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Uniforms, Military — Modern military clothing serves a variety of purposes, including protection from the elements, camouflage against direct observation, and as a buffer against enemy chemical and MEK forces. They also serve as platforms for various gear systems that augment the basic military outfit. As with civilian clothing, military uniforms are made in a bewildering variety of patterns, functions and types. Some are partially armored and others are not. Some include extensive medical and survival modules whereas others are designed for non-combat roles ranging from work and exercise to dress uniforms. The later are still very subdued in comparison to the lavishly decorated dress uniforms of the pre-glacial era.

Two key visual elements to the modern combat uniform are its complete enclosure of the human form - including the face and hands; and it's native camouflage abilities which allow it to change tones and shades in response to anticipated backgrounds. Large areas of the uniform's surface are covered with a fine hair similar to that of a horse in general appearance. It lays very flat against the weave of the supporting material and is absent in key areas such as the hands, face, most areas of the head and the feet. As with most civilian clothing, military uniforms offer full foot and ankle support and depending on assignment areas this support is usually dynamic.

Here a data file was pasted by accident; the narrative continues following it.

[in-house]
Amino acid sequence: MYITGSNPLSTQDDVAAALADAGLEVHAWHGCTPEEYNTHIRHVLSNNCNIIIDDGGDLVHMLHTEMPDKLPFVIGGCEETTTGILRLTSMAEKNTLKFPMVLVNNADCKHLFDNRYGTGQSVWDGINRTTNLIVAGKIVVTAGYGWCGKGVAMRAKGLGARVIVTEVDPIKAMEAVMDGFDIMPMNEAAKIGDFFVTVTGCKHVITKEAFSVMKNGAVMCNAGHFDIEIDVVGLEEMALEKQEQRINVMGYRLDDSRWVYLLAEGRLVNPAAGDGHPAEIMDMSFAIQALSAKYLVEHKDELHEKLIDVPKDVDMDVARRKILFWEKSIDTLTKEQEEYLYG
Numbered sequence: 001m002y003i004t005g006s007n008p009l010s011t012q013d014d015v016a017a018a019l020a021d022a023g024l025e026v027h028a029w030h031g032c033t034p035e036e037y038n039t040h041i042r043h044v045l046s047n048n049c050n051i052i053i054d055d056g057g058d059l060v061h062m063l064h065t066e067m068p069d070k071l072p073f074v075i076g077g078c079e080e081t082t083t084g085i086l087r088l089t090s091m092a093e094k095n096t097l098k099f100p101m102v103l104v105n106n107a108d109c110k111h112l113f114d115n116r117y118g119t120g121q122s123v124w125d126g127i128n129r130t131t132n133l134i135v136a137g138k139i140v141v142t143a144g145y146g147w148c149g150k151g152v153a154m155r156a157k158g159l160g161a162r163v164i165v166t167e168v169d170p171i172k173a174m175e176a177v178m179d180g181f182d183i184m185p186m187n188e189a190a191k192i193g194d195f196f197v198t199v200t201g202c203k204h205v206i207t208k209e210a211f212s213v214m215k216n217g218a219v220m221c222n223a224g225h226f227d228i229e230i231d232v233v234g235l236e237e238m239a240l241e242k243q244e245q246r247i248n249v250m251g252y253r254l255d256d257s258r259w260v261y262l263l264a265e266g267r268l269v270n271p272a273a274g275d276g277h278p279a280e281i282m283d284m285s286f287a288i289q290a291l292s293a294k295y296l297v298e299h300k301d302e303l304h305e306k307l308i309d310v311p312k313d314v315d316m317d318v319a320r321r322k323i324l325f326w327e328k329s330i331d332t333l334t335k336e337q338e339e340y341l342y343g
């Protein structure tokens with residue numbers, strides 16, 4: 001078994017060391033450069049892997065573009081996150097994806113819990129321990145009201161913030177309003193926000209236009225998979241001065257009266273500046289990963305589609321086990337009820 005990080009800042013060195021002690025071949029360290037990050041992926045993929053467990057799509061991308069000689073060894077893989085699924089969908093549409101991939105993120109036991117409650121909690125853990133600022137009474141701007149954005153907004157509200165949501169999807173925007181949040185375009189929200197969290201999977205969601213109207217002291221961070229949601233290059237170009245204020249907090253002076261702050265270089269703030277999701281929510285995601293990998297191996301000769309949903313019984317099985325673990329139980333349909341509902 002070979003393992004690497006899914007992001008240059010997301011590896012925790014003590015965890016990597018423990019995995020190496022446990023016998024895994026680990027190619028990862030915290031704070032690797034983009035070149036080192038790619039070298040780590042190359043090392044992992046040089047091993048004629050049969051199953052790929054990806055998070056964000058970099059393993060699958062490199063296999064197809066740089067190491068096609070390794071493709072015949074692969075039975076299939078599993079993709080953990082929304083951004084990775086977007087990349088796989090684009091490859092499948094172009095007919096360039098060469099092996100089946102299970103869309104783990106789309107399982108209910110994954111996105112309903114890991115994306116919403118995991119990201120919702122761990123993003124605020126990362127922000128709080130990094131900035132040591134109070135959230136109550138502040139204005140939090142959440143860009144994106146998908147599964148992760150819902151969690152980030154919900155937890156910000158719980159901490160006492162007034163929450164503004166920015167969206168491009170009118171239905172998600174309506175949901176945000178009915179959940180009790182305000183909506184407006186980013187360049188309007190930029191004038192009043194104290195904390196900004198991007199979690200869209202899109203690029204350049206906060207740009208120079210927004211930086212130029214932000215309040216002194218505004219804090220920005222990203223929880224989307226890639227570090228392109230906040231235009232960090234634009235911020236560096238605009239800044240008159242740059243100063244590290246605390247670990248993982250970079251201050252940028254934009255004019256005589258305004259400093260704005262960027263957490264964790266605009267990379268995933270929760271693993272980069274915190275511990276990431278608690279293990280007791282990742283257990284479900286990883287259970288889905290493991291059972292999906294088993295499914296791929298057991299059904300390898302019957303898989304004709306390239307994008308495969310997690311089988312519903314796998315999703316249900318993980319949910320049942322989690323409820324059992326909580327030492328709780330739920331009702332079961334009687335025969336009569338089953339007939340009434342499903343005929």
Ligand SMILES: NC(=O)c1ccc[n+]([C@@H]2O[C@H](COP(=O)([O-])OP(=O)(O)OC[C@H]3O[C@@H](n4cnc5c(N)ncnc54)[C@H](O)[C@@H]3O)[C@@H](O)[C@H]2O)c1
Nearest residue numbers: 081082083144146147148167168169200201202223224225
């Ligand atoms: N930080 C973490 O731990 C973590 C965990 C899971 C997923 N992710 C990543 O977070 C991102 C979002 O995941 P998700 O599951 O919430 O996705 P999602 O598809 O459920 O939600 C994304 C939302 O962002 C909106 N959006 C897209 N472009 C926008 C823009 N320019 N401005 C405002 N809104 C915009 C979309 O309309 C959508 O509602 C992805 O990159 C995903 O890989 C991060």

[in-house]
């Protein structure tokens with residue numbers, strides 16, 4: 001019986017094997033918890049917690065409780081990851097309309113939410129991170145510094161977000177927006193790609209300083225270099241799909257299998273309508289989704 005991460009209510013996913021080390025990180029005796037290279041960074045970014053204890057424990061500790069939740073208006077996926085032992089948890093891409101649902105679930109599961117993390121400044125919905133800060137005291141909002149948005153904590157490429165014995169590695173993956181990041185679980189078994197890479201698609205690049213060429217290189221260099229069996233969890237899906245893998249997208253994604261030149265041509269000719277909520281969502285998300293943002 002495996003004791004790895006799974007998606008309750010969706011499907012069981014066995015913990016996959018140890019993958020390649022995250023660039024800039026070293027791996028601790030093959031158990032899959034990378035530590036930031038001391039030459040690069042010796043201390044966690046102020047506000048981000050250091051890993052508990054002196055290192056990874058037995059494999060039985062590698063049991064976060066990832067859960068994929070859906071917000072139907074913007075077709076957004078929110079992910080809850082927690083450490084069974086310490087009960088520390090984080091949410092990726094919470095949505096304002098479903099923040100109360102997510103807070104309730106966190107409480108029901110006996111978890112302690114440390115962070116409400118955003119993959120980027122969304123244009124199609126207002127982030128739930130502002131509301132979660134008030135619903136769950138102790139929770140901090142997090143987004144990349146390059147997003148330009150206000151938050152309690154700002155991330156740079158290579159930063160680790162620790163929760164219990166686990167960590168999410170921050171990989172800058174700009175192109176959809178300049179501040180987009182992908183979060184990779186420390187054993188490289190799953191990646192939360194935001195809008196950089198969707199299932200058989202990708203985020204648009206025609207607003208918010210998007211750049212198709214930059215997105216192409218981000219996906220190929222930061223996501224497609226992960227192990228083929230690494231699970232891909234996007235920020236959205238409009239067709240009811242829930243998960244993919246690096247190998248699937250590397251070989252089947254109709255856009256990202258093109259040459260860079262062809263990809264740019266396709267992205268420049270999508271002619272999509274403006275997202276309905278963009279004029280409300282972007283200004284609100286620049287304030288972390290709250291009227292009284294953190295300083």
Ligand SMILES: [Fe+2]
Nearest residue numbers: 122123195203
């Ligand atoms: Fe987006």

The portion of the uniform which encompasses the head is usually called the hood. It lays very close to the head considering the phenomenal number of sensor and display systems integrated into it. Two large combination sensor/displays cover the eyes, and a complimentary array of sensors are positioned around the head in order to guarantee a 360° field of view on command. The internal displays compliment the In Eye systems used for ocular and display purposes. The end result is a 99% realistic visual experience with all the benefits of a modern 3D interface. Uniform hoods can be opened via a self-welding seam up the middle, and folded over the back of the neck for temporary access, especially for meals. Military personnel in combat zones are not usually allowed to open their hoods, and those based inside structures or on-board ships and vehicles must be in sealed compartments before breaking the seals on their uniforms.

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